Location recording, editing, and mixing specialist focused on classical, jazz, and all genres of acoustic music.
Dr. Brett Leonard is an active freelance recording and mixing engineer. He has worked on projects ranging from orchestras to progressive jazz, hip-hop to classic rock, including projects with artist such as Lenny Pickett, John Patitucci, Matt Haimovitz, Jerry Douglas, Cecile McLorrin Salvant, and the National Youth Orchestra of Canada, and producers such as Russ Titelman, Bob Belden, Meshell Ndegeocello, and Devo Springsteen. Dr. Leonard currently serves as the chief recording engineer for the Chelsea Music Festival in New York. In 2007, he began BLPaudio, a company providing recording services, acoustical consulting, system design and equipment rental. BLPaudio has since provided consulting services to numerous private studios, event spaces, performance venues, and institutions including the United National International School, the Musée de Beaux Arts Montréal, the Musical Instrument Museum and others.
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Interview with Brett Leonard
Q: Analog or digital and why?
A: I love analog outboard and large analog consoles, but today's workflow is so much faster in the digital realm. I typically do most of my work "in-the-box", but I definitely still bust out a Pultec now and again...
Q: Describe the most common type of work you do for your clients.
A: I love location recording for live concerts, but I've found myself mixing more and more lately. Classical editing has always been a specialty, as well.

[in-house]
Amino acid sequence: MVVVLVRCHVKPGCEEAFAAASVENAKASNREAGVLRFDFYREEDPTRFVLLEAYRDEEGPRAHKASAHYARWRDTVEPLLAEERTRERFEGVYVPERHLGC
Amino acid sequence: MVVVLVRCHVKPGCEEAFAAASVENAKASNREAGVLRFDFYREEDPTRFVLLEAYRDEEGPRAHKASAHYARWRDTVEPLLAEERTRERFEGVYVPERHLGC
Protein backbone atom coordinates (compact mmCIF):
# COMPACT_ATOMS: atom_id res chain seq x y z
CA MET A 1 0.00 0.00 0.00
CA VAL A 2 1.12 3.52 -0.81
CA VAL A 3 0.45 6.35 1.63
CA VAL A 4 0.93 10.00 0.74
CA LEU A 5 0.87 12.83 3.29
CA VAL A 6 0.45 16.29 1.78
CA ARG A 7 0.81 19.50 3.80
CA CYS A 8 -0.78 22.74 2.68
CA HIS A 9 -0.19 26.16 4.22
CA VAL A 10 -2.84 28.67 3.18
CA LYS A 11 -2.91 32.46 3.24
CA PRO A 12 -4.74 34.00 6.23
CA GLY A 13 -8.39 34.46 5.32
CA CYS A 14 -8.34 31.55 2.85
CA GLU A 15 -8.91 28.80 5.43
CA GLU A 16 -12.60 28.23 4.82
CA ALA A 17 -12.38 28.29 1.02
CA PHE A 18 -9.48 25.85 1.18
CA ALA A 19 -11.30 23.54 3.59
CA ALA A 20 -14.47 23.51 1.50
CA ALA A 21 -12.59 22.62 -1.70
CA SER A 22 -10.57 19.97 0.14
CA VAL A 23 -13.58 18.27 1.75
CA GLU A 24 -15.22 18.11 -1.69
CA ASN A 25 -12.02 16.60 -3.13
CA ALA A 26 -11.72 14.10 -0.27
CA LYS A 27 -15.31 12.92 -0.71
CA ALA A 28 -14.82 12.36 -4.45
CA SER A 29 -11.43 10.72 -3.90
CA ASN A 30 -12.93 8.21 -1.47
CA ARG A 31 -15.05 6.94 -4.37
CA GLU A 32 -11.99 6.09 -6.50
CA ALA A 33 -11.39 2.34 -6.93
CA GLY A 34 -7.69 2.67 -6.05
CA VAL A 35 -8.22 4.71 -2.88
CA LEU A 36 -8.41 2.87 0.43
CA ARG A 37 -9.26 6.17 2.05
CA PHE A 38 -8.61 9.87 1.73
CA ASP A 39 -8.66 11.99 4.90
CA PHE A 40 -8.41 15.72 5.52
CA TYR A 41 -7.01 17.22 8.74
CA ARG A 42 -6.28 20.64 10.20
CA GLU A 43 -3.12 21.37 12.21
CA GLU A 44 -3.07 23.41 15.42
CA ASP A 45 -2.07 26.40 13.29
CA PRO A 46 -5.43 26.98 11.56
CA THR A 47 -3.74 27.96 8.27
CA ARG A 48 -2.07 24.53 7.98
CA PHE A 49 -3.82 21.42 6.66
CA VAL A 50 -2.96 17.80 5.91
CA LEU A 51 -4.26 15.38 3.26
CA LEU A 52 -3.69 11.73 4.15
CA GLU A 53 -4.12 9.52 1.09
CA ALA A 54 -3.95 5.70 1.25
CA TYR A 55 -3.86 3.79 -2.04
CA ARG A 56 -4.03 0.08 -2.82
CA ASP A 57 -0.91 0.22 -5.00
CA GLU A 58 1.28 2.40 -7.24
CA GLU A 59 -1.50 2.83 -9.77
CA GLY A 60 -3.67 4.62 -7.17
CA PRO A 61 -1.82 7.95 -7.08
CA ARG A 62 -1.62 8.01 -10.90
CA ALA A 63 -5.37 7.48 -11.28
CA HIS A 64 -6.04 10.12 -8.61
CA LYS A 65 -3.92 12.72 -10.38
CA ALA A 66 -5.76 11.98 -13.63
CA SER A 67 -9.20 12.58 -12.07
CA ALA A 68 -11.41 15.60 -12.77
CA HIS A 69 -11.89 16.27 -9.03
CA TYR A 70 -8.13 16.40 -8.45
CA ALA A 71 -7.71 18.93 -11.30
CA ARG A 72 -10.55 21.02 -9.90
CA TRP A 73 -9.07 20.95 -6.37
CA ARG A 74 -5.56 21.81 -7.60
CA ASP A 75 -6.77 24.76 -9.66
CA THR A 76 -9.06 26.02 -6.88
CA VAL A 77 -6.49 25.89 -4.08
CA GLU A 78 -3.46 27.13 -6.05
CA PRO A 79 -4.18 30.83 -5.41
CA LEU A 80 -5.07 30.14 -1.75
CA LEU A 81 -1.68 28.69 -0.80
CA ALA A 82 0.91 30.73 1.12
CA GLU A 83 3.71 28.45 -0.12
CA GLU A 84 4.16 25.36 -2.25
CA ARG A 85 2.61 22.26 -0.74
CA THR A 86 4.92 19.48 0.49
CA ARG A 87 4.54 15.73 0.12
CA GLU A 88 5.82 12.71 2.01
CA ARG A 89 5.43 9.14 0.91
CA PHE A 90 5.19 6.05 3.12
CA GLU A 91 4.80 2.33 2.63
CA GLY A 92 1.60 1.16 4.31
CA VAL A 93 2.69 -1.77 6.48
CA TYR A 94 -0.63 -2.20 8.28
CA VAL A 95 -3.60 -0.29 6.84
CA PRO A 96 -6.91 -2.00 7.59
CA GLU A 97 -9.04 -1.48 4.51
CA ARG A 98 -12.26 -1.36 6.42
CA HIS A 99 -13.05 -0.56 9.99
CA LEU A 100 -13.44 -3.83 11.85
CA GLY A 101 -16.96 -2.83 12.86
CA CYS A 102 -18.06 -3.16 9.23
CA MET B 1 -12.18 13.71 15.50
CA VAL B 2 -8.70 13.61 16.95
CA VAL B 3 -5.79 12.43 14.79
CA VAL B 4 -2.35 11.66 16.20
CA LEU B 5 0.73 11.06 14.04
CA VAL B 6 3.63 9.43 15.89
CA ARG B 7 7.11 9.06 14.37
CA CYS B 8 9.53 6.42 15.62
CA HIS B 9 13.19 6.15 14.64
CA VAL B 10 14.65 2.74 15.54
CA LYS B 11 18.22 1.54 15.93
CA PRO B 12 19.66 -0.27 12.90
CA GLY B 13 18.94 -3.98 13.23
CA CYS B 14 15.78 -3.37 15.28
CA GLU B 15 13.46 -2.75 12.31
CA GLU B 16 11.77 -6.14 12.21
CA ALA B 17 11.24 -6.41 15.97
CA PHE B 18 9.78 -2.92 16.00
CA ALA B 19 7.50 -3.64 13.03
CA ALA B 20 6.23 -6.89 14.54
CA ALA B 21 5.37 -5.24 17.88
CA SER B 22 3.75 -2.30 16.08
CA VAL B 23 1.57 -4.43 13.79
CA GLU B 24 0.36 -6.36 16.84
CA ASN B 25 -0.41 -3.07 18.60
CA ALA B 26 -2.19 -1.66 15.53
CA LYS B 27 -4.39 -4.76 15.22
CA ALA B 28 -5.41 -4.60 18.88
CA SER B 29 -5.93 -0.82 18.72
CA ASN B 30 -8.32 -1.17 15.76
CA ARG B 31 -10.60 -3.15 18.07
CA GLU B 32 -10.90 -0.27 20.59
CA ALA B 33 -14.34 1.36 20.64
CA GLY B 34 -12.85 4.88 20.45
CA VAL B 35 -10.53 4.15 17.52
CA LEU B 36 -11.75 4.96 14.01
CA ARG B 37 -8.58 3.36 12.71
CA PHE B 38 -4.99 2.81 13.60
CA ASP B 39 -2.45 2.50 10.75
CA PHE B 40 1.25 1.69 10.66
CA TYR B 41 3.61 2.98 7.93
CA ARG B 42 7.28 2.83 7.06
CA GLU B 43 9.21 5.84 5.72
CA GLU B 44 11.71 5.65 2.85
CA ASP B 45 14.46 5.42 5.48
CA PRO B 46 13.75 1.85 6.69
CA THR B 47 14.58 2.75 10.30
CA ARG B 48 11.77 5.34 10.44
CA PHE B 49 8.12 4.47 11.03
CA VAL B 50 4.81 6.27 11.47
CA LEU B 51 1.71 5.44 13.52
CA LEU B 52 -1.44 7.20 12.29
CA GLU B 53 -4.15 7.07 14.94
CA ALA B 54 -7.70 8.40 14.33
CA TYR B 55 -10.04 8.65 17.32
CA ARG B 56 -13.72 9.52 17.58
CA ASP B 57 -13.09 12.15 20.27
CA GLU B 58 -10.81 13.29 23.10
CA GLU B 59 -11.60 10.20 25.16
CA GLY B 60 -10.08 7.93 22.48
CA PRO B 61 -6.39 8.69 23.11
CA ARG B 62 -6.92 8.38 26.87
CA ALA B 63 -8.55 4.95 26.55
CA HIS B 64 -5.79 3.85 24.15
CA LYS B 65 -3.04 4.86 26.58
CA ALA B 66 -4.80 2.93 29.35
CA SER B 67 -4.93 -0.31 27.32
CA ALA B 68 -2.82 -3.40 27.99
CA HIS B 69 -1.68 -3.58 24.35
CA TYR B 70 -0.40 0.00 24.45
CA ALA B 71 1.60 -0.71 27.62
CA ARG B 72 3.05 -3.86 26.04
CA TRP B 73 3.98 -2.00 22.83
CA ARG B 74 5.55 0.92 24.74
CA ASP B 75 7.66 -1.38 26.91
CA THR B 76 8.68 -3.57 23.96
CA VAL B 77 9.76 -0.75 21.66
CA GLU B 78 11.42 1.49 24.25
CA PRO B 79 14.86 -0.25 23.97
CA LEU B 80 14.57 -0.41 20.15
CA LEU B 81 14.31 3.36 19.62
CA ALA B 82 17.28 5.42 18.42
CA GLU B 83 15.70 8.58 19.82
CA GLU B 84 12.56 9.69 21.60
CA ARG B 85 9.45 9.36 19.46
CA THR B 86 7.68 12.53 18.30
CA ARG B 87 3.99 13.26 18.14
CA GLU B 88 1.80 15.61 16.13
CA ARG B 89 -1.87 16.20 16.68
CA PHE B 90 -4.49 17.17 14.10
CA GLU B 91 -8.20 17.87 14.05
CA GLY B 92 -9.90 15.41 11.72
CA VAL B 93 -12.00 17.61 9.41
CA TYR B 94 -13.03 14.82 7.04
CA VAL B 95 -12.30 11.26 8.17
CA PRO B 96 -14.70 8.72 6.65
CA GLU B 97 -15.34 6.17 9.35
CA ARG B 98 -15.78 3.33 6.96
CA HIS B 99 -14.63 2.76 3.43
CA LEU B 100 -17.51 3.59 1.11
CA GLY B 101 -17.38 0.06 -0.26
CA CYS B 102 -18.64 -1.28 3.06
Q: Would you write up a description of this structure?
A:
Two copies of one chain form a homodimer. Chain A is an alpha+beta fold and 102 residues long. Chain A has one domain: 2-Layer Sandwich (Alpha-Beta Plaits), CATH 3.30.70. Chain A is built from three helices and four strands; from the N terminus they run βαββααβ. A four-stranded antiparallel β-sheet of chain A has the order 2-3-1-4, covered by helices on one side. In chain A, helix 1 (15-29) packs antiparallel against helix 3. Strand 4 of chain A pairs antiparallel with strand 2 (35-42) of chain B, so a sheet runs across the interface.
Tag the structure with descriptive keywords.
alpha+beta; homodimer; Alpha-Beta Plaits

Q: Tell us about your studio setup.
A: I run a multi-platform setup with Pro Tools for most of my jazz and pop production, and Pyramix for classical work and mastering. Great monitors and solid acoustic treatment make the place, and a ton of great mics help get everything right from the start!
Q: What's your strongest skill?
A: Listening! Both to the tracks AND to my clients.
Q: What type of music do you usually work on?
A: I work on a lot of contemporary classical, jazz, and acoustic music, in general. I love getting my hands on a good rock or pop tune, though.
Q: What was your career path? How long have you been doing this?
A: I've been working on audio productions professionally in some capacity since 2003, as an assistant, editor, engineer, etc. I've learned a ton through formal education at places like McGill and New York University, but I've always balanced that with amazing mentors who have run me through the professional wringer and taught me more than any book or class ever could!
Q: If you were on a desert island and could take just 5 pieces of gear, what would they be?
A: Pair of DPA 4006A microphones, a Grace preamp, an RME Fireface UFX, and my laptop. I could record anything with that!
Q: What questions do you ask prospective clients?
A: What are you looking for in your production? Do you want musical perfection, raw emotion, pristine audio? How can we maximize your time and budget? Where should we focus to meet your goals? Who or what do you want sound like? How can we work from the BEGINNING of the production process to get there '
Q: What do you like most about your job?
A: I love exploring new music and helping artists convey their message and emotion. I think audio professionals are the ultimate facilitators, helping artists realize their visions and dreams.
Q: What's your 'promise' to your clients?
A: I promise honesty. Some engineers will under estimate time budgets, the difficulties faced in a certain process, or the ability to make a track what is desired; that's just not my style!